Stop pressuring China and Russia: Putin's message to the West at annual presser
It is the main political event at the end of the year in Russia. For 17 straight years, Vladimir Putin has held a December press conference in Moscow. Unlike last year when the event was held online due to COVID-19, this year, 507 journalists were invited to join the Russian president on Thursday in the famous Manezh hall, right outside the Kremlin walls.
For almost four hours, journalists asked dozens of questions ranging from canceling the local train lines to fears of a new large-scale military conflict involving Russia.
The foreign policy issues took the first quarter of the presser, with China seemingly at the top of the list. President Putin said, among other things, that Russia is firmly against the politicization of the 2022 Winter Olympic Games in Beijing. He called the move "unacceptable and incorrect." He also described China as Russia's number one partner.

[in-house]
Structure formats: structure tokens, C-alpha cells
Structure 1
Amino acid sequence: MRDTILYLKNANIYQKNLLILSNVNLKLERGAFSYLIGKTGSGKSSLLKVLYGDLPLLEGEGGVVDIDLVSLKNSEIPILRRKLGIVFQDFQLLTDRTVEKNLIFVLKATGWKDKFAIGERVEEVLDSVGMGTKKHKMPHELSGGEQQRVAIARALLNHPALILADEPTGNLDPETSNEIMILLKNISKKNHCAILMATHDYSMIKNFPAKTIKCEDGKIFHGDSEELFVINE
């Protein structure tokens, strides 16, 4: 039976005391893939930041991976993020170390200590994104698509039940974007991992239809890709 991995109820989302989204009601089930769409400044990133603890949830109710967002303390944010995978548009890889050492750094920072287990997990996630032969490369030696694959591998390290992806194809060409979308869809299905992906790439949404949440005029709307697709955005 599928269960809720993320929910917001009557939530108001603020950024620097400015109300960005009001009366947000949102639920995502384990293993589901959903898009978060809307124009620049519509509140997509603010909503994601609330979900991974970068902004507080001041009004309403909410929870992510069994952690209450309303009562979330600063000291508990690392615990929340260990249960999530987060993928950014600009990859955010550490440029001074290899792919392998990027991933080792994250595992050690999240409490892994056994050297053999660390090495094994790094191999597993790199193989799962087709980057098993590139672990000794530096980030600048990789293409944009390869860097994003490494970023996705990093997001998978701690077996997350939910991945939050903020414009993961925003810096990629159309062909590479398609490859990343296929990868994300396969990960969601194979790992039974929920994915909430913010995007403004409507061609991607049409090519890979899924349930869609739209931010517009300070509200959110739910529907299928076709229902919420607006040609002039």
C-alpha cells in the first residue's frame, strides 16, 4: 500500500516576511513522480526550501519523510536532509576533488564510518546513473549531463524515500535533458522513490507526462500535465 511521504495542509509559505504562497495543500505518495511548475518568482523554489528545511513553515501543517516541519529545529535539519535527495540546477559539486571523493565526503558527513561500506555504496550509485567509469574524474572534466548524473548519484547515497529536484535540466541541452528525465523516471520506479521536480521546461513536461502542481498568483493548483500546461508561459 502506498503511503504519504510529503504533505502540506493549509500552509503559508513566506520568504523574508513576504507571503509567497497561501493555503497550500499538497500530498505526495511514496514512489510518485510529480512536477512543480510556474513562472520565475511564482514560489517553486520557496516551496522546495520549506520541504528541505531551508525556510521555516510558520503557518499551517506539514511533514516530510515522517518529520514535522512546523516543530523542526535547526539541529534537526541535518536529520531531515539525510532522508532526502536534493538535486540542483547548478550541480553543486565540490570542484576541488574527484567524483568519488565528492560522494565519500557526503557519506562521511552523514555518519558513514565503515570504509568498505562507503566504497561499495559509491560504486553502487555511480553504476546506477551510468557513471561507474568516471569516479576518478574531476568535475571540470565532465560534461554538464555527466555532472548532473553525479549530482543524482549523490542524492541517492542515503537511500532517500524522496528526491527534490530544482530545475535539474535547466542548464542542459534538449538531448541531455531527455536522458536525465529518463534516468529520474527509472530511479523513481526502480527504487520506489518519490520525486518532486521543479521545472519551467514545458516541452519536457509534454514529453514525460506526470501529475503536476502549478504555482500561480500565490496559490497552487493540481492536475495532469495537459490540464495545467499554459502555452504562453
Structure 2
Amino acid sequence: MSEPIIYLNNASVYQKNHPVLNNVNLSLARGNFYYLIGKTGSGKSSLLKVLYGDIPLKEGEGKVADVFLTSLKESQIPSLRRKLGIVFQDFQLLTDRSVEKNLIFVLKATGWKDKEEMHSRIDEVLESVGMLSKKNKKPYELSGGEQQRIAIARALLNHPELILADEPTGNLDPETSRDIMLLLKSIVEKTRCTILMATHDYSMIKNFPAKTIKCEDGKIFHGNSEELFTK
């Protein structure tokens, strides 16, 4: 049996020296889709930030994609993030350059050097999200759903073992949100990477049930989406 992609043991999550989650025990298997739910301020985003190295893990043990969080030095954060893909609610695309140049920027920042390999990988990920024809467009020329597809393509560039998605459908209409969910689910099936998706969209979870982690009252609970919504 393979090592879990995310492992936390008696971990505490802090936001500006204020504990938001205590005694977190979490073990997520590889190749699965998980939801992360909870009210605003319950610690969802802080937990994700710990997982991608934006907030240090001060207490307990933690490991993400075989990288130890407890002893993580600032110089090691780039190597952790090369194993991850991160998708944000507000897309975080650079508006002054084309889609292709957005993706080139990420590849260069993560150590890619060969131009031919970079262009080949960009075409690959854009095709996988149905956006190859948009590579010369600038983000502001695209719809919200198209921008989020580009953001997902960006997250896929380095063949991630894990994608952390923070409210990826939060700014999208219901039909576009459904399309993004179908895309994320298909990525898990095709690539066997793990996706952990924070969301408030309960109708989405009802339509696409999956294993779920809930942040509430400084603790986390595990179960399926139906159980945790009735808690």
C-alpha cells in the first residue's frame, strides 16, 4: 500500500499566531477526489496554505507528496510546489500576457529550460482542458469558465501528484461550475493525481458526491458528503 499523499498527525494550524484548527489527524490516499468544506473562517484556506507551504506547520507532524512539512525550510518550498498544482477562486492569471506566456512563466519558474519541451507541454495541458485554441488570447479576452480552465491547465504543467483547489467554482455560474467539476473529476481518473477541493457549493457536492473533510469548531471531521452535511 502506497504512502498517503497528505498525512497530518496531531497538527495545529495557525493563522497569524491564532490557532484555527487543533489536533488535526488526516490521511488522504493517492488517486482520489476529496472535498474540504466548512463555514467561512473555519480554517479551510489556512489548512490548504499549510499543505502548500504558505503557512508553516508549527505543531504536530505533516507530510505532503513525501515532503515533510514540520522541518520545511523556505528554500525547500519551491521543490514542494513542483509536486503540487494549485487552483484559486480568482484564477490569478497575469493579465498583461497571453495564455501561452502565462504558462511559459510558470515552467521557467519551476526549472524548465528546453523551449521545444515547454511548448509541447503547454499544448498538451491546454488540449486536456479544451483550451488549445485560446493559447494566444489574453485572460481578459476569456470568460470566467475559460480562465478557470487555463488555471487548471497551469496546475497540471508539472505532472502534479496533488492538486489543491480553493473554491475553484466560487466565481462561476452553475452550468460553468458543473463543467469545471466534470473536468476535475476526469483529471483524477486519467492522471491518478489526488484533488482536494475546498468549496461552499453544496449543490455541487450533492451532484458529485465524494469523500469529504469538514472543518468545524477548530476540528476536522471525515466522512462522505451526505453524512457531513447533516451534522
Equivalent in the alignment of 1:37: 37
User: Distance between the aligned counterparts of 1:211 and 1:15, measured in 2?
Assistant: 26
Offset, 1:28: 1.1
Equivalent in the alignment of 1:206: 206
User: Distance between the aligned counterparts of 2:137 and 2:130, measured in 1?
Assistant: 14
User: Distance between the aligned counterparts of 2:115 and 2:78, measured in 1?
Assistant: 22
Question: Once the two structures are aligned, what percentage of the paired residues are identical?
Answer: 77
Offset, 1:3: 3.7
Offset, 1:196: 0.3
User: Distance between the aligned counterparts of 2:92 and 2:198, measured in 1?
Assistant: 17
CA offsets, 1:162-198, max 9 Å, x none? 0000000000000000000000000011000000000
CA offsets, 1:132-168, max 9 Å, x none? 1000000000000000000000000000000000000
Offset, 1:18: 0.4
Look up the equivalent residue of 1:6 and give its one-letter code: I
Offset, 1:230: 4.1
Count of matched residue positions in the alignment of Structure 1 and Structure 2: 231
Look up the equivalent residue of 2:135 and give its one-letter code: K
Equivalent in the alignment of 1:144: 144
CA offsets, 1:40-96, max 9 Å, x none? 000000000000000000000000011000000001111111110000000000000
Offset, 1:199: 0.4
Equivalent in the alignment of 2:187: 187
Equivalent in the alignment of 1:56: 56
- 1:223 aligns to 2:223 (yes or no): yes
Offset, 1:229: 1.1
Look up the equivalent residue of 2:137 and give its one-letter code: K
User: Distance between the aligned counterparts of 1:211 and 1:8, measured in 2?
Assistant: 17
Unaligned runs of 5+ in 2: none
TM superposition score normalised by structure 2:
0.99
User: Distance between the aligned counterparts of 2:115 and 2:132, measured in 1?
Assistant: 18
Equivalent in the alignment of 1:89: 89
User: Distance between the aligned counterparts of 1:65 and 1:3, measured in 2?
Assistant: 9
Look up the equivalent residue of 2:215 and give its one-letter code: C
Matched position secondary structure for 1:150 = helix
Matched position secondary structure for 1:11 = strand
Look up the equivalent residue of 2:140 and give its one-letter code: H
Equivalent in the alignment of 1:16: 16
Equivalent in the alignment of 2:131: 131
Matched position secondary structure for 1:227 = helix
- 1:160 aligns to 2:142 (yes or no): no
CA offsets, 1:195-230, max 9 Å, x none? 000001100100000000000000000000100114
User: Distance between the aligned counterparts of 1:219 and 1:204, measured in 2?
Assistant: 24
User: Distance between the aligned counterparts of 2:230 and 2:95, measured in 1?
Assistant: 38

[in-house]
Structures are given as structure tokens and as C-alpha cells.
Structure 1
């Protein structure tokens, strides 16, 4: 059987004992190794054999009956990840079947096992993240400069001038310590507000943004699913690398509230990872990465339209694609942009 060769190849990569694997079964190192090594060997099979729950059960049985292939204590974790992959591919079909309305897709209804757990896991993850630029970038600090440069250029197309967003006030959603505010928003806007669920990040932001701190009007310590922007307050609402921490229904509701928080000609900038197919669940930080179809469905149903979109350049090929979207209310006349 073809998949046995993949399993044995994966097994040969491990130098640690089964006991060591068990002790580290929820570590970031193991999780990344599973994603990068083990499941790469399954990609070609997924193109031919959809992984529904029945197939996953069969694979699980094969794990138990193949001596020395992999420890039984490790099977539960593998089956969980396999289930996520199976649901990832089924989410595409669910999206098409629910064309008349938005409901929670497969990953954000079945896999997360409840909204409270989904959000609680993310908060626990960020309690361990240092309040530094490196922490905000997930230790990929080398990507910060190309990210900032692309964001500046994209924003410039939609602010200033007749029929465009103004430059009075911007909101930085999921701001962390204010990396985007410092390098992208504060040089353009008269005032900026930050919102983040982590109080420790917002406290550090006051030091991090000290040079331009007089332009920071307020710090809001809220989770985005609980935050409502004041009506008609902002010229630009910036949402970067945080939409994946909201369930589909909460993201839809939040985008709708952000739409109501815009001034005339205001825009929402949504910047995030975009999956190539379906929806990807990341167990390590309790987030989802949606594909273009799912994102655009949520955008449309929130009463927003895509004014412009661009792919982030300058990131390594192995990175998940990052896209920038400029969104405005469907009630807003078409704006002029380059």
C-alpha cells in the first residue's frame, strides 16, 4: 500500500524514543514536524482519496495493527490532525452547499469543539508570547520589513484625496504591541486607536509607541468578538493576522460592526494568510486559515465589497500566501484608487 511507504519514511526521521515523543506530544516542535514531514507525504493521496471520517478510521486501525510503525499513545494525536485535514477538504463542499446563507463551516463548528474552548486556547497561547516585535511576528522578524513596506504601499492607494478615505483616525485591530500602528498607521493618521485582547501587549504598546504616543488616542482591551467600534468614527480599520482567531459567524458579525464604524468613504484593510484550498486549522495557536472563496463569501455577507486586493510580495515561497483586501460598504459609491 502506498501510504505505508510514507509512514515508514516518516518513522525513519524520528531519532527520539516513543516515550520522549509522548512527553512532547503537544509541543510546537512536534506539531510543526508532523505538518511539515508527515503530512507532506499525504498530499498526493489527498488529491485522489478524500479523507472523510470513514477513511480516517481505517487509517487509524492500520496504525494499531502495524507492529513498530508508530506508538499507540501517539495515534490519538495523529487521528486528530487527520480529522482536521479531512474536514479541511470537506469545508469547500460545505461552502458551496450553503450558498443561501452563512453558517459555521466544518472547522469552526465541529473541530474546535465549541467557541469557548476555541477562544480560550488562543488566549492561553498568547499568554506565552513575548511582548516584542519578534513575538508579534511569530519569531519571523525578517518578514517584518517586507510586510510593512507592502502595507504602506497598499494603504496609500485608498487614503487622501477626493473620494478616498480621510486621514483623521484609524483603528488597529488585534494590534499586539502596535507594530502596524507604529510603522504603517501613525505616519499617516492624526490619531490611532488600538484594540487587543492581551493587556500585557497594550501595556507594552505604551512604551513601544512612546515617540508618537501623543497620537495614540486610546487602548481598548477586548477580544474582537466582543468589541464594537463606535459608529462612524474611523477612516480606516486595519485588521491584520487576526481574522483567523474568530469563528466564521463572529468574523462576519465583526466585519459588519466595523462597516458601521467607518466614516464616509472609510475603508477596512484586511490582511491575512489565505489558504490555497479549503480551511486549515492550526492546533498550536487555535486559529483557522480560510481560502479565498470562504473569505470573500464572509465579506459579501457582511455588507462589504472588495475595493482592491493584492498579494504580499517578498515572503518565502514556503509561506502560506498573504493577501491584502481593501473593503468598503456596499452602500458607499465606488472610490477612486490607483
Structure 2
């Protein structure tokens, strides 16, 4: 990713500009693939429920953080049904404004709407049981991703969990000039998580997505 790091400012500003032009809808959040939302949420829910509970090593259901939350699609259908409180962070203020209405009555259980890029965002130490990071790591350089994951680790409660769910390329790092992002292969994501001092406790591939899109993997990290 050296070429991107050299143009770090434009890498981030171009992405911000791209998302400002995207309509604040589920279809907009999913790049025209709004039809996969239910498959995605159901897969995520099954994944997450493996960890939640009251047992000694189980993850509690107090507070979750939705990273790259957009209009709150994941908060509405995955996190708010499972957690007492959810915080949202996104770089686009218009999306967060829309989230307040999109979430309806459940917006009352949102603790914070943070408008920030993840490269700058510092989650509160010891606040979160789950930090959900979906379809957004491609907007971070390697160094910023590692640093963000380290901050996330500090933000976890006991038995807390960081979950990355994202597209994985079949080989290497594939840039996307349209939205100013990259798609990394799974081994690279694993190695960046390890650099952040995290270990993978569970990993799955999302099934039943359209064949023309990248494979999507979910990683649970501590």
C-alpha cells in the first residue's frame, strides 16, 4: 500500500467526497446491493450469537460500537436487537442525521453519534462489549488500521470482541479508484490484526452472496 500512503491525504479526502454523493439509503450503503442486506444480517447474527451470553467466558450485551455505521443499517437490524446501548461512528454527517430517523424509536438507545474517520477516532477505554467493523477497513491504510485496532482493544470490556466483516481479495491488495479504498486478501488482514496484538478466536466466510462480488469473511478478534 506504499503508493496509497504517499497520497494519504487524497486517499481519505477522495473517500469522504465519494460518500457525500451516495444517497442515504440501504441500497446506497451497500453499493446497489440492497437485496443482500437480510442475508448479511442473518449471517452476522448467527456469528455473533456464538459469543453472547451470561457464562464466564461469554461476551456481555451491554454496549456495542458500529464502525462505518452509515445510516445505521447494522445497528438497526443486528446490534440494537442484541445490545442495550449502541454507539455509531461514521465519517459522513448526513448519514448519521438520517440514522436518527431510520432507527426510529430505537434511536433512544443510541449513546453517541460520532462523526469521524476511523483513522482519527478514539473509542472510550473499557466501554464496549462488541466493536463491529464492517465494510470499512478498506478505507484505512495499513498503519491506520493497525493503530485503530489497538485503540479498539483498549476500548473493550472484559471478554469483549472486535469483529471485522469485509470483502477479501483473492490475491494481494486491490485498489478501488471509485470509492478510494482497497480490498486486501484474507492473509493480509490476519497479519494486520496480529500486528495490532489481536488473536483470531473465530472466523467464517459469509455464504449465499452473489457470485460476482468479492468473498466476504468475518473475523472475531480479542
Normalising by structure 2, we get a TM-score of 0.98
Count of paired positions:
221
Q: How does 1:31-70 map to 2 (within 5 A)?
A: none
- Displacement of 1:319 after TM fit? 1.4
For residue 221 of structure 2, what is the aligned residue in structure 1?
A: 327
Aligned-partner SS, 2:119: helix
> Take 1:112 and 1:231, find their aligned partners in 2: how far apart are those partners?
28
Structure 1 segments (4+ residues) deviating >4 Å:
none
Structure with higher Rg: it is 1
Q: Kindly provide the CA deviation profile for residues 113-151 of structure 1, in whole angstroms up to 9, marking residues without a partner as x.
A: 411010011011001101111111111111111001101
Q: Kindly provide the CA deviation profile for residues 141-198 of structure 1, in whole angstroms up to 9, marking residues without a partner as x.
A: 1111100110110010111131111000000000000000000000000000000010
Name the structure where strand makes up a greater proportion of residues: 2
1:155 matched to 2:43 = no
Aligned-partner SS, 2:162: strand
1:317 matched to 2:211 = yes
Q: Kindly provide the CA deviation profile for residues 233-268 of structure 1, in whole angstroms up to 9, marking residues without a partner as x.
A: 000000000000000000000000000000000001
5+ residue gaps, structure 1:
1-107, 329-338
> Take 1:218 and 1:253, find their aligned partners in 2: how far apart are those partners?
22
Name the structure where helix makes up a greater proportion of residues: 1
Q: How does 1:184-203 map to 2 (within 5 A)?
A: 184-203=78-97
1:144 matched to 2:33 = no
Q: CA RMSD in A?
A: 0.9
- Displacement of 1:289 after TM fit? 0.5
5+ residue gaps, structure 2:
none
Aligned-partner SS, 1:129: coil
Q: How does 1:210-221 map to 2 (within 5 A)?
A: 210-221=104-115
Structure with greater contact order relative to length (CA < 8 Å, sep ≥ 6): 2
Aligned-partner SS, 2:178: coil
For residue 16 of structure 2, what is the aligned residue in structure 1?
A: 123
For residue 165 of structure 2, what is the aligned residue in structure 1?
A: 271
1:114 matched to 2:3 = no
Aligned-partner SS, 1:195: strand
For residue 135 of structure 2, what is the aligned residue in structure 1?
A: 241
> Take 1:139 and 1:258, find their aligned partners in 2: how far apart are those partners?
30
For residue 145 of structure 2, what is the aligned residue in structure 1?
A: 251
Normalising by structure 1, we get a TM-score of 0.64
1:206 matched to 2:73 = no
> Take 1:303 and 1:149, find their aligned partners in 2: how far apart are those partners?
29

"It is a mistake to use sports for some current political issues," Putin said, "namely, stopping the development of China. They should be aware of that at the end. That's unstoppable. Today China's purchasing power parity is higher than the American. Some time would pass, and China will unavoidably become the world's top economy."
He also stressed the unprecedented levels of trade and collaboration in space, medical, science, and military areas between Russia and China.
Rising tension with Western countries was also an unavoidable topic at the conference. Putin said the West was fabricating a natural gas crisis in Europe, insisting that Russia had recently not decreased but increased gas exports to the continent by 10 percent.
He also confirmed that Russian and U.S. officials would meet at the beginning of January. They should discuss Russia's offer to defuse the mounting tensions between the two sides over Ukraine and the NATO expansion.
The number of journalists invited saw a sharp drop from over 1,100 at pressers in the pre-COVID-19 era. Most of the reporters came from the far ends of Russia, wanting to raise issues directly concerning their regions. Among a handful of them able to present their issues to the president was Anna Korohova, a journalist from Volgograd.
"The entire newsroom cheered for me. They hoped all that time for me. And I'm sitting and wondering when, when… These were crazy emotions. I was here for the first time. Delight was unreal," Anna told CGTN.